For example, here is my daily routine template.

4am – Writing Session #1

6am – Big Thinking

6:30am – Meditation and Review of my Daily Guiding Documents

7am – Dog Walk and Breakfast

8am – Writing Session #2

10:30am – Exercise

1pm – Lunch and Reading

2pm – Check Email

3pm – Phone Calls and Email

4pm – Dog Walk and ETR Gratitude Journaling

5pm – Reading, Dinner, Family/Social Time, and More Reading

8pm – Bedtime

I know what you’re thinking. How can you go to bed at 8pm? It’s simple. All I’ve done is shift my schedule ahead a few hours from the norm to accommodate my Magic Time. Working in these early hours is vital to achieving my big goals and dreams and leaving a legacy in my life. When social events keep me up past my preferred bedtime, I do my best to remain true to my 4am awakening. Later in the day I’ll make up for lost sleep with what I call The Spanish Solution (an afternoon nap).

I urge you to include an early morning wake-up in your daily script. You can do it. It’s no different from the transition you made from sleeping until 11am each day in college to getting up at 8am – or earlier – for your first job after graduation. Somehow you survived that lifestyle change, and you will easily survive changing your current schedule to get up fifteen minutes earlier. It’s not that hard and you would reap incredible benefits. I simply took it a few steps further because I know how important the time is between 4 and 6am.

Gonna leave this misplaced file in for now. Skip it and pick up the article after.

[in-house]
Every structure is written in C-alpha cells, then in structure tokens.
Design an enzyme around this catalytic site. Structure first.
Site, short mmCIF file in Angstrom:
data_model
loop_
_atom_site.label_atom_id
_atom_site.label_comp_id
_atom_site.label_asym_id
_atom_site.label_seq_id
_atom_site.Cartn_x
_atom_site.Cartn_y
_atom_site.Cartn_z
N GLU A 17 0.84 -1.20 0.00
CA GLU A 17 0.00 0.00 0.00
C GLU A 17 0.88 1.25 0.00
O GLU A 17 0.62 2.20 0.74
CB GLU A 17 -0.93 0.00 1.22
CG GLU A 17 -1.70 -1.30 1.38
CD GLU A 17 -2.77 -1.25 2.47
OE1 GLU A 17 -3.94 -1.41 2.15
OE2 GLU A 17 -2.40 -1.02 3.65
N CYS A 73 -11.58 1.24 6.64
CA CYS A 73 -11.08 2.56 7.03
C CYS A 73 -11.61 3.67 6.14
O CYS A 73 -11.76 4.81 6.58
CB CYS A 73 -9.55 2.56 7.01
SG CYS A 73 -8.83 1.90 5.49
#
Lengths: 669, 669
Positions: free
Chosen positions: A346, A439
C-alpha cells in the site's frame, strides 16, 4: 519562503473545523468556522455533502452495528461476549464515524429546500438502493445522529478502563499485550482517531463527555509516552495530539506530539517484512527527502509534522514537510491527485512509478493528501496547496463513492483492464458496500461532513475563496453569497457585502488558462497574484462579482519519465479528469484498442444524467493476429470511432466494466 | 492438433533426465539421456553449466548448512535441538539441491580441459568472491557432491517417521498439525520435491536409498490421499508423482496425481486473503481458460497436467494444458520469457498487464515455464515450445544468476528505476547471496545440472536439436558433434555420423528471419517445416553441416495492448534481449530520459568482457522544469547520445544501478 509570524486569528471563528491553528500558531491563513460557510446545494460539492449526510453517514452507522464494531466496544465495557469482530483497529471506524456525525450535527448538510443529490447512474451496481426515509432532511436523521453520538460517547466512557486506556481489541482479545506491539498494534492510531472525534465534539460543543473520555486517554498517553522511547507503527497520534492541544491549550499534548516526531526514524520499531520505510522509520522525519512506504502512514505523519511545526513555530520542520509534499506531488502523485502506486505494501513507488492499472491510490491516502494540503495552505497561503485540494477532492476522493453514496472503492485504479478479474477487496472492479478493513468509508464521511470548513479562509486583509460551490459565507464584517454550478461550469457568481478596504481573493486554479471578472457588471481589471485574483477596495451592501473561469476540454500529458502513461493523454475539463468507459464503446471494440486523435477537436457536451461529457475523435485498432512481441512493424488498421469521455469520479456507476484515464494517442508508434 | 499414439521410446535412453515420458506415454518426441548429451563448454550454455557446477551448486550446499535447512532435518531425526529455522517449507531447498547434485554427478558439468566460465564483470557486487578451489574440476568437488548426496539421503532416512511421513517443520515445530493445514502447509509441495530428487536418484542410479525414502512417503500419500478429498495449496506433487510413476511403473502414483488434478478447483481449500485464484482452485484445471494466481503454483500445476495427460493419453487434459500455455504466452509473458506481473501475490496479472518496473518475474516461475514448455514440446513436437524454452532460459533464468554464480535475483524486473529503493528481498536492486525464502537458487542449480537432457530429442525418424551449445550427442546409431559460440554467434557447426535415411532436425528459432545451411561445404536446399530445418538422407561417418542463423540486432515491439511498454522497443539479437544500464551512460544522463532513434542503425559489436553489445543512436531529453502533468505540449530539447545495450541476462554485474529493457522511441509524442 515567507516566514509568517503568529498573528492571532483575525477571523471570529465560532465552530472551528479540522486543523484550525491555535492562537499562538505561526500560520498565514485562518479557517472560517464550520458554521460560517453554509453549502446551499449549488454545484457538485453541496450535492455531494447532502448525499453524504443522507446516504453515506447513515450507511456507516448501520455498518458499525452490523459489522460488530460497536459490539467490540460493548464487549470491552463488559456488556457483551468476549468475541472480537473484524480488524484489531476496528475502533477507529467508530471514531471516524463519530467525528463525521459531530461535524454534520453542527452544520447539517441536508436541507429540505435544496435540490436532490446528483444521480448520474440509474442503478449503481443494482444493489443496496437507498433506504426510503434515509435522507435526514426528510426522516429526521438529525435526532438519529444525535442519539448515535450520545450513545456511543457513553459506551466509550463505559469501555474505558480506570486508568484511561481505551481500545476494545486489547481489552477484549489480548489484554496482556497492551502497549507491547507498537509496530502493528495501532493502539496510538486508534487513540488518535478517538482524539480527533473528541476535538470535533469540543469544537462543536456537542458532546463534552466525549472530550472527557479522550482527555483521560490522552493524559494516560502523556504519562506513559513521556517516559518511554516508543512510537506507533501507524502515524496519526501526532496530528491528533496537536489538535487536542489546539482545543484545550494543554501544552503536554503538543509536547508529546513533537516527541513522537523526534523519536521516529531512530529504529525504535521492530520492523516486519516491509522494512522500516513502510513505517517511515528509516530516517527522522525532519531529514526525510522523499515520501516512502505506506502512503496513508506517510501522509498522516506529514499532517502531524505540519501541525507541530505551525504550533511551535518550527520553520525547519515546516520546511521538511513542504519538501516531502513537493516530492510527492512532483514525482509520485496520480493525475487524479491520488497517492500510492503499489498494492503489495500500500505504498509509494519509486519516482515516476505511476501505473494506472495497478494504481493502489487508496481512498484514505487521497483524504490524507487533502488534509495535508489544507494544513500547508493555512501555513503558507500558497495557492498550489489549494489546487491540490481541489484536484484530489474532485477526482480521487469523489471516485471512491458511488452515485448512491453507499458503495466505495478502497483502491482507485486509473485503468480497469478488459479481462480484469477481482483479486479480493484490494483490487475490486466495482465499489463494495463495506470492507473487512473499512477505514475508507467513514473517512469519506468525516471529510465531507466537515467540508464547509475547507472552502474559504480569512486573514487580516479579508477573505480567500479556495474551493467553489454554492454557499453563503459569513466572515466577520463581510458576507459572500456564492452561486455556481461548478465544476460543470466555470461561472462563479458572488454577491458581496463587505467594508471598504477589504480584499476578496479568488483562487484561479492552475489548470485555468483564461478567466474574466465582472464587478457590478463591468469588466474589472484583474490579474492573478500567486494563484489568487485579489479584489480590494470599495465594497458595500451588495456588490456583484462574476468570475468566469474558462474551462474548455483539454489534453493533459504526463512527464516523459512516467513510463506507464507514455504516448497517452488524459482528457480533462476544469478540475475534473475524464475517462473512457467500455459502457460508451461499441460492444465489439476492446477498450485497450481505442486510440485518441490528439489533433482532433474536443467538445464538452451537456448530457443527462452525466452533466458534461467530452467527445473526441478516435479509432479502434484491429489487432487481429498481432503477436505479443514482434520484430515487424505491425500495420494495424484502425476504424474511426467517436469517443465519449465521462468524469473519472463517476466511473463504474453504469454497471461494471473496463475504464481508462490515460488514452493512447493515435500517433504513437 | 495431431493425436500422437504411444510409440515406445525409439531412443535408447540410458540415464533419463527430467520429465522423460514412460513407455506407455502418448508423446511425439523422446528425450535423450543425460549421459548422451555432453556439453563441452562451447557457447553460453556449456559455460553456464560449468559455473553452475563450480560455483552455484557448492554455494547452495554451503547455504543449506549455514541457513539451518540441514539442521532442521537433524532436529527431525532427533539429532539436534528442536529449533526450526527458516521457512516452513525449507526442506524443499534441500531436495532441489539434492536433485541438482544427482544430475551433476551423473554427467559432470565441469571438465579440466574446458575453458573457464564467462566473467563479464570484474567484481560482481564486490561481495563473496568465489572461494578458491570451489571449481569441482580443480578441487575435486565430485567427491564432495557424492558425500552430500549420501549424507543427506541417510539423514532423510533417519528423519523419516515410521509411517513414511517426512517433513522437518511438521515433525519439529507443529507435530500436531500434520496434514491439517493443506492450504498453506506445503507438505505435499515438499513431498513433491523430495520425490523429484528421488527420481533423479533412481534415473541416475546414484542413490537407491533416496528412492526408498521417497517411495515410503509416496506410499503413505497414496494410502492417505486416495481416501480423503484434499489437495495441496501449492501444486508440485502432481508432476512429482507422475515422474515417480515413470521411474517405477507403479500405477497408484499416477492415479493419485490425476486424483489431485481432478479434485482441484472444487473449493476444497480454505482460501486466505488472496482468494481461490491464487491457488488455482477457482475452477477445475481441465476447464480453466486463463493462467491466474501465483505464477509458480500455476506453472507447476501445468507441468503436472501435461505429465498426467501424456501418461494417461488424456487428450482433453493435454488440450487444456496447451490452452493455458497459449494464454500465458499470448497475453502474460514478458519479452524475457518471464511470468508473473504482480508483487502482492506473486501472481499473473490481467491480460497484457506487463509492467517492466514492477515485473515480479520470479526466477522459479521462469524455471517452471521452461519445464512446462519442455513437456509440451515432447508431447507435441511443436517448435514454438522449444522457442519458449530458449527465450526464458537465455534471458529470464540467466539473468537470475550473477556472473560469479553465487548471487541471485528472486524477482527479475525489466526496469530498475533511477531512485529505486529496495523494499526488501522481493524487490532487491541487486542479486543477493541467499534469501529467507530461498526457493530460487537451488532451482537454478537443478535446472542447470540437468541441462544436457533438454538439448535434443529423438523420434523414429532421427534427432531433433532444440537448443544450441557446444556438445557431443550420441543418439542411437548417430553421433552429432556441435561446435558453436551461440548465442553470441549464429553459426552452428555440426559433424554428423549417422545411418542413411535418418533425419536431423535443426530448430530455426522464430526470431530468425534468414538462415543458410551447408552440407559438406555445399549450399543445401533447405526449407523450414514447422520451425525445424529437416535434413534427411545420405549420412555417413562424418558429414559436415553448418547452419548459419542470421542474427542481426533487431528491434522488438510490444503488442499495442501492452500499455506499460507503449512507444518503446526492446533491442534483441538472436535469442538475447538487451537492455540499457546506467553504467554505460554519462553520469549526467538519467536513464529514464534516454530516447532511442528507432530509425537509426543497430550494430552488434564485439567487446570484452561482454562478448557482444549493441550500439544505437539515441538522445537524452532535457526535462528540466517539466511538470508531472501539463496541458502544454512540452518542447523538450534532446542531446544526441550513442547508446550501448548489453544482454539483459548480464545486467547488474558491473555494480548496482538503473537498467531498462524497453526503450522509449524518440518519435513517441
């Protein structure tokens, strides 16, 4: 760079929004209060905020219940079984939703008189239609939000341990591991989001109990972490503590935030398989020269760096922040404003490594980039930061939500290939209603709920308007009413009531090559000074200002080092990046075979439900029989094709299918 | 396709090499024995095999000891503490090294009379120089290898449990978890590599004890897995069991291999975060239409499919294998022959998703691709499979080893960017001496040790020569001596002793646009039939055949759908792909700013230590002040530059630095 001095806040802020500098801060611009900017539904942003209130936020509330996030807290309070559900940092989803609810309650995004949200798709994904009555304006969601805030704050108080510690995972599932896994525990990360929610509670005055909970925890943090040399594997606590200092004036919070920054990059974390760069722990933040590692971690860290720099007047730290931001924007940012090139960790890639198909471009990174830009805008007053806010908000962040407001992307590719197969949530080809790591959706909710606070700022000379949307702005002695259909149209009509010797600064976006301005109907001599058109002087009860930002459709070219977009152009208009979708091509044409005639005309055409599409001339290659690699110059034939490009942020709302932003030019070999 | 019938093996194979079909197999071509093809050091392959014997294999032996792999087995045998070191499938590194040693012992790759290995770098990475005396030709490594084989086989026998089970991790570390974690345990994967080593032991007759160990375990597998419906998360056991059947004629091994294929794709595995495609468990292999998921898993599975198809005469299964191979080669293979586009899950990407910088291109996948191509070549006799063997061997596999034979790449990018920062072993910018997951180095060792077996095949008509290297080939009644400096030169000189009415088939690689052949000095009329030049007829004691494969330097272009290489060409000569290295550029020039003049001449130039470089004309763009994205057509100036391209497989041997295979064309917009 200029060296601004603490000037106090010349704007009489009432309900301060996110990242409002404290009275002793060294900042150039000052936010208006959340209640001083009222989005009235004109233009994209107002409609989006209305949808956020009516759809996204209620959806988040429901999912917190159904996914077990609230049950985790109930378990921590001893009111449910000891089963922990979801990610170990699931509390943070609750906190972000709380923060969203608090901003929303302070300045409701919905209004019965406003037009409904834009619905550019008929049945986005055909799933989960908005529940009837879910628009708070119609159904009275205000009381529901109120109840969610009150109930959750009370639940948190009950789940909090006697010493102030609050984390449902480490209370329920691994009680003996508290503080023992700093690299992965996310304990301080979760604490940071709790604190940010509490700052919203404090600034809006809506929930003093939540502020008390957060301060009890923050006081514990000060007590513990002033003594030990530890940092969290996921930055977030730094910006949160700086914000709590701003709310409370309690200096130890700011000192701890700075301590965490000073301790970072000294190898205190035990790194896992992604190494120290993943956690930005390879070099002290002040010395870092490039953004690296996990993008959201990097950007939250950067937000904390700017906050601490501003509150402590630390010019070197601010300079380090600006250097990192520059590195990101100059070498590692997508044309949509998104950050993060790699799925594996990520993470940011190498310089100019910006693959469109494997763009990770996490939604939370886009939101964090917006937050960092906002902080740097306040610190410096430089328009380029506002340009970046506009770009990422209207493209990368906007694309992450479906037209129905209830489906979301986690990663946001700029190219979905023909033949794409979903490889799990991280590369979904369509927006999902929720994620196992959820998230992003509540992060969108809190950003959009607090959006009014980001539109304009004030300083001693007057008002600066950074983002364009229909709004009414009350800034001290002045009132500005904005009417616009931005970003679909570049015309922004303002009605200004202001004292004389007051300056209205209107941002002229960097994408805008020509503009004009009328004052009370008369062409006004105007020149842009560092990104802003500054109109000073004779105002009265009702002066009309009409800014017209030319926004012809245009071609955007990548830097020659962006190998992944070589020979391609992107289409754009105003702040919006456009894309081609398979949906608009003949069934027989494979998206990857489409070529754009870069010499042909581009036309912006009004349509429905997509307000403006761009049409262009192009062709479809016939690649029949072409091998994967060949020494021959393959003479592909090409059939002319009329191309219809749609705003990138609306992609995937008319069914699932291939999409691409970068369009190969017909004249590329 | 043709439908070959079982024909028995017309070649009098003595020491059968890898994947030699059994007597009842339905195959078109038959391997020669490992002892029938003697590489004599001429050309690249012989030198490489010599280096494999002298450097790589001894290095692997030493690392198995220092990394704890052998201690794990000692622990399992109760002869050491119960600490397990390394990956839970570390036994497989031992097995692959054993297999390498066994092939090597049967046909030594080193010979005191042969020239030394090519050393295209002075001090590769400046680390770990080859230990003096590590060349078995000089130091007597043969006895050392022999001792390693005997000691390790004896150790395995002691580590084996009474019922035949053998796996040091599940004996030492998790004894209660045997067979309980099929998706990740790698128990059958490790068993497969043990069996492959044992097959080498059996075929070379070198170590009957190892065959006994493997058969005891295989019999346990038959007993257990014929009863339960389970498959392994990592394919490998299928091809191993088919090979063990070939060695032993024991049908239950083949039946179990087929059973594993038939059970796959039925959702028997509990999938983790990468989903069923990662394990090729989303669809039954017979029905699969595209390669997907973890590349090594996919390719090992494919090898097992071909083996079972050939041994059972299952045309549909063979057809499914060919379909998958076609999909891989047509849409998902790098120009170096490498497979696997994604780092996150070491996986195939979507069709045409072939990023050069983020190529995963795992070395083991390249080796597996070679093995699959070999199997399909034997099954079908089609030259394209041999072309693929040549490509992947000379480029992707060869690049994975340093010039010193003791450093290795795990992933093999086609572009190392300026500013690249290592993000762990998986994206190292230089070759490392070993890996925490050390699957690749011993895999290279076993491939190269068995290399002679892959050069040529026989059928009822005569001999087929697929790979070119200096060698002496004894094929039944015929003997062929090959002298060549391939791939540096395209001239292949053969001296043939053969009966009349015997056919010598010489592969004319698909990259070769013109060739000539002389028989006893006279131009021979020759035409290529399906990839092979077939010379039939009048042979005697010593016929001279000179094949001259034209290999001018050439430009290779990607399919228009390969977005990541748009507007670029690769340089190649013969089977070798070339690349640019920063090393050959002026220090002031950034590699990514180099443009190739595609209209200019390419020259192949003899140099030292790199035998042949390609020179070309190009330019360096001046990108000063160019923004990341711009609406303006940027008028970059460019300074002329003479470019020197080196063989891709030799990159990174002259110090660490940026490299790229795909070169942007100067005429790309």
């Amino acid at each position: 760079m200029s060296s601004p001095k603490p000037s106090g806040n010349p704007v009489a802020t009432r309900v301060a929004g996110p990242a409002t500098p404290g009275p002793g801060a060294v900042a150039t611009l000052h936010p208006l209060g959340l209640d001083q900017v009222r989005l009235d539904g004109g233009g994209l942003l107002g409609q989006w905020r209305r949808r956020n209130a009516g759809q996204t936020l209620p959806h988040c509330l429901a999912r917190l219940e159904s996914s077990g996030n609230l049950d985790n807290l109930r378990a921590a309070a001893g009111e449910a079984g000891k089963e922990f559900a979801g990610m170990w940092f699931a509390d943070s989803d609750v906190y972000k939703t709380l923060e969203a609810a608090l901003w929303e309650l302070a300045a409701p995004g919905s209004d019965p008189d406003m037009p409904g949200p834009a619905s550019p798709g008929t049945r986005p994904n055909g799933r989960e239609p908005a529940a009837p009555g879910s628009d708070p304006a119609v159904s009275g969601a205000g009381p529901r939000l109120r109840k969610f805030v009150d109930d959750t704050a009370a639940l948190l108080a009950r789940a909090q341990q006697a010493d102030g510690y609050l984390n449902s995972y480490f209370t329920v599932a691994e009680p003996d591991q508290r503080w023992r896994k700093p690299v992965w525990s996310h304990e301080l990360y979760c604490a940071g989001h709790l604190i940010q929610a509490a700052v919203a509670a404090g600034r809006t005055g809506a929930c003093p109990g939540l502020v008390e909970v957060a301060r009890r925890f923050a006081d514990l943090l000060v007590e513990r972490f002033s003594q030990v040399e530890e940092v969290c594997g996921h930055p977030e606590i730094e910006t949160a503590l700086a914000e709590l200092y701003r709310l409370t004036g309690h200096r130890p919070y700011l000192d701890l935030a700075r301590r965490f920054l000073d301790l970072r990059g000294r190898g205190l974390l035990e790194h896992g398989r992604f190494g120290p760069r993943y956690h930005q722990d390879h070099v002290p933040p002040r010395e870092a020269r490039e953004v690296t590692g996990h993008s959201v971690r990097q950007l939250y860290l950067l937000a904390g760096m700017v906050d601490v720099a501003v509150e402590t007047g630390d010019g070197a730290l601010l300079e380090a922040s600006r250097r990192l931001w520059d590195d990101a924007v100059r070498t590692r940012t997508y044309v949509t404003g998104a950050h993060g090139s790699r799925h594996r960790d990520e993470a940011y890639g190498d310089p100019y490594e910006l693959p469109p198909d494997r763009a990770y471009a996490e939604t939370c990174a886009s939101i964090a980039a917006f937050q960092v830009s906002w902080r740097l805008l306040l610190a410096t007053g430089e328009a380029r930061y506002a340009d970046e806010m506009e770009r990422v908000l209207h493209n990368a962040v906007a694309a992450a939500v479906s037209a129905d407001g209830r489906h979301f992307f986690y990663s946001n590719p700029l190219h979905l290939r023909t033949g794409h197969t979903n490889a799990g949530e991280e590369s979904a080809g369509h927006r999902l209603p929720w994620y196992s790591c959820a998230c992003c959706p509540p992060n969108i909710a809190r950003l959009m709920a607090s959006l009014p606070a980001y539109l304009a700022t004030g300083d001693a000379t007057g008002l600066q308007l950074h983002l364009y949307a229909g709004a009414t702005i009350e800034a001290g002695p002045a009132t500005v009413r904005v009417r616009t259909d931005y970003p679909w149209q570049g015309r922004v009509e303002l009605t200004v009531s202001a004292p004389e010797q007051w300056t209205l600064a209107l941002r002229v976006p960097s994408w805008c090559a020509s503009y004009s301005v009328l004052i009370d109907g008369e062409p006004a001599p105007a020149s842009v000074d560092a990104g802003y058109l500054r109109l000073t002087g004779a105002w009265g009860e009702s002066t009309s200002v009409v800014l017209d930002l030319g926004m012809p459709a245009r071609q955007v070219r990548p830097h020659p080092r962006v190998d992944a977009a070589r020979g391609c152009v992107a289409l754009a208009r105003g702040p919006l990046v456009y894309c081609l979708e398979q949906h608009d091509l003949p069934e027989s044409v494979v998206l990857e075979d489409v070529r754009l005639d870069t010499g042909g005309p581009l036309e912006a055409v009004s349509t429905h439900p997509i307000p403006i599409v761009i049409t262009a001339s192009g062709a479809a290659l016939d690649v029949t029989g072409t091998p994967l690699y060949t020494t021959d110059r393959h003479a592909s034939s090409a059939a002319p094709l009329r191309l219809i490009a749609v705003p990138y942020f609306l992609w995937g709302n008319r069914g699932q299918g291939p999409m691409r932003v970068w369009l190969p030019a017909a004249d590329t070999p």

But the exact hours I stick to are not important. Don’t use my early hours as an excuse for you to shirk the responsibility of scripting your schedule. You are an adult. You can choose to get up whenever you want. You know your routine. Your job is to maximize it.

When I’m not traveling, my days are simple, almost boring, but always highly productive. The routine is customized for the priorities in my life. For example, these days the first writing session is reserved exclusively for my book. Some days the second session is as well, while on other days it’s reserved for Early to Rise essays or fitness and nutrition articles for Men’s Health or TurbulenceTraining.com.

Like many other prolific writers from past and present, including Stephen King, Charles Darwin, and Charles Dickens, I spend my afternoons in correspondence and on easier projects, such as ETR Team Updates. Email is always avoided until after lunch after I’ve exhausted my creativity and willpower, as are phone interviews and meetings.